Sunday, July 11, 2010

Fueled by Fine Wine Half-Marathon 2010 - The Swooning

I am happy to say I ran the Fueled by Wine half-marathon today in Dundee, Oregon, finishing in 1:44:44 (7:59 min/mile pace). 104 minutes and change is not what I would normally consider a fast pace, but this, dear reader, is not typical race: this is a hard one.

I am trying to decide if this was the hardest single organized race I've ever run* -- only the combined three legs of "leg 5" of the Hood to Coast even belongs in the same conversation. (Yes, I mean to say that on a properly-scaled grade, this was more difficult than any of the eight marathons I have run.)

It is hands-down the most difficult half-marathon I have ever tried, of that I am certain, and I mean that as a profound compliment to the people who conceived and organized this event.

I am most proud of the fact that I never stopped running for the entire 13.1 miles. I slowed down in places, barely faster than a walking pace at times, but I made it my goal to continue running, and I met that goal. Along the way, I saw a great many very fit-looking people reduced to walking by this event -- and I mean nothing disparaging in that; some days you beat the course, and some day the course beats you.

If ever a course will beat you, let it be one like this. Here is the elevation profile -- notice any difficult spots?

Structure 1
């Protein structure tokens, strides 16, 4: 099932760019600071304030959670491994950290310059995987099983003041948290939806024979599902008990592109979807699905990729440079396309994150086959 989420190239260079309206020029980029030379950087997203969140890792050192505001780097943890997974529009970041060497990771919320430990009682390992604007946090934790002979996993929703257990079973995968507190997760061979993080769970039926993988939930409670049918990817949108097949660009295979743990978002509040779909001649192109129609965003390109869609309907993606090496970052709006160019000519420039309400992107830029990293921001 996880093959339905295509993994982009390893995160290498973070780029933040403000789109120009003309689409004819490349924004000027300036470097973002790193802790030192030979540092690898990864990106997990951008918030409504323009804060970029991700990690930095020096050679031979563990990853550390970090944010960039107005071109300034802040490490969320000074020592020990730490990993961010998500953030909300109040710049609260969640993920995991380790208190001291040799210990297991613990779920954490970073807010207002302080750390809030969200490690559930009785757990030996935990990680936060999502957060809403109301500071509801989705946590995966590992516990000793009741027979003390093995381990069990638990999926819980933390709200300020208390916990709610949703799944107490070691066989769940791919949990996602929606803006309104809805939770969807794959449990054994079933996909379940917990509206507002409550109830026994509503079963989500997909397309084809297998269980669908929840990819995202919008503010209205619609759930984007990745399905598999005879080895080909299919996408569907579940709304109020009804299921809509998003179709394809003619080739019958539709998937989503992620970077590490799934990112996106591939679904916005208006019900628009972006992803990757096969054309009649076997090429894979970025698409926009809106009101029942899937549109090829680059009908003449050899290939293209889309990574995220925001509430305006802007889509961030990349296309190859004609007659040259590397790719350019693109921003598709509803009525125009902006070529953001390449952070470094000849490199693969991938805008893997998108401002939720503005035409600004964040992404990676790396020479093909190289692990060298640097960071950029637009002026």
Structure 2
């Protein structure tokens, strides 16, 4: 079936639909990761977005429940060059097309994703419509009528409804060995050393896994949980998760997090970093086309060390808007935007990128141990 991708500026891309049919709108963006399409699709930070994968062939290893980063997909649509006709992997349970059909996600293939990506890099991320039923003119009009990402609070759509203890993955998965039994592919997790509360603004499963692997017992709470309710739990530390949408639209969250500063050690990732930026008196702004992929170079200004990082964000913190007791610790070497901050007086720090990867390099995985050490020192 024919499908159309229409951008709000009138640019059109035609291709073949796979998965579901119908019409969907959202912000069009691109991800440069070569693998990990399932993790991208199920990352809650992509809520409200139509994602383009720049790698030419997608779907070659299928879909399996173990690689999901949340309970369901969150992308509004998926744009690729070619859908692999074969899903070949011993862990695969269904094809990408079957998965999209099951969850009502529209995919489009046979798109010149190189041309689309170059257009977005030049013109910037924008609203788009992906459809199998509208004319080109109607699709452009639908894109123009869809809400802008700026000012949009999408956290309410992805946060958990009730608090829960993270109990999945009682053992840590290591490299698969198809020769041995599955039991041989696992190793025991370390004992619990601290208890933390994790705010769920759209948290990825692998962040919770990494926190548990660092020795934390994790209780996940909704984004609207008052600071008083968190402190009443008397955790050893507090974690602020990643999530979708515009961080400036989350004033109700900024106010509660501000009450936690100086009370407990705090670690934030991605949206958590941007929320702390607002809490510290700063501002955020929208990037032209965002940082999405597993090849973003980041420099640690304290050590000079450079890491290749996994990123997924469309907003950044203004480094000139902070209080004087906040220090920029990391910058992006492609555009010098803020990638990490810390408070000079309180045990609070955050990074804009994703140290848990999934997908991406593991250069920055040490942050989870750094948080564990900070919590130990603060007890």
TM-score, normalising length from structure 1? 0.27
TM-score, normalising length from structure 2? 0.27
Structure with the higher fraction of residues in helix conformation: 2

As daunting as that looks, the hills are only part of the story. The other part involves the challenging mix of surfaces: some pavement, but also a great deal of loose gravel and no small length of rough pasture. When this event claims to put you in some of the wineries of Oregon, this is quite literally true: we ran through stretches were only tractors were heretofore meant to tread.

Oh, and while I'm detailing the difficulty-increasing factors, there was the sun and the heat. The temperature was in the vicinity of 65 when we started, and roughly 10 degrees hotter by the end, and the skies were cloudless. Fortunately, there was a fair amount of shade along the way.

It was tough but it was beautiful. The vistas seemed as though copied from postcards depicting impossibly breathtaking images of rustic Italy, Austria, or France. We ran alongside orchards of apple (pear?) trees, beside and sometimes within vineyards -- destined to become very good pino noir, pinot gris, and chardonnay -- and even, accompanying one brief expanse of gravel road, so much wild-growing blackberry as to scent the air beyond the combined perfume of straining runners.

The non-athletic aspects of the event were likewise superb. The shirt is spectacular in itself, but more so for participating in the same visual theme as the finisher medals, mile markers, and bibs. This event was carried through with style even apart from the offer of post-race swag that included a wine glass and a generous tasting of local wines.

I could go on.

To summarize, the event organizers and volunteers should know that they executed what might be the perfect half-marathon. It was beautiful and singular, rooted in the exceptional qualities of a little-known place, and superlative as a pure athletic challenge.

Race organizers of the world: look to this event and copy it shamelessly. Our sport will be better for it.

* Update: I have decided this was the single most difficult organized race I have ever had the privilege to run.

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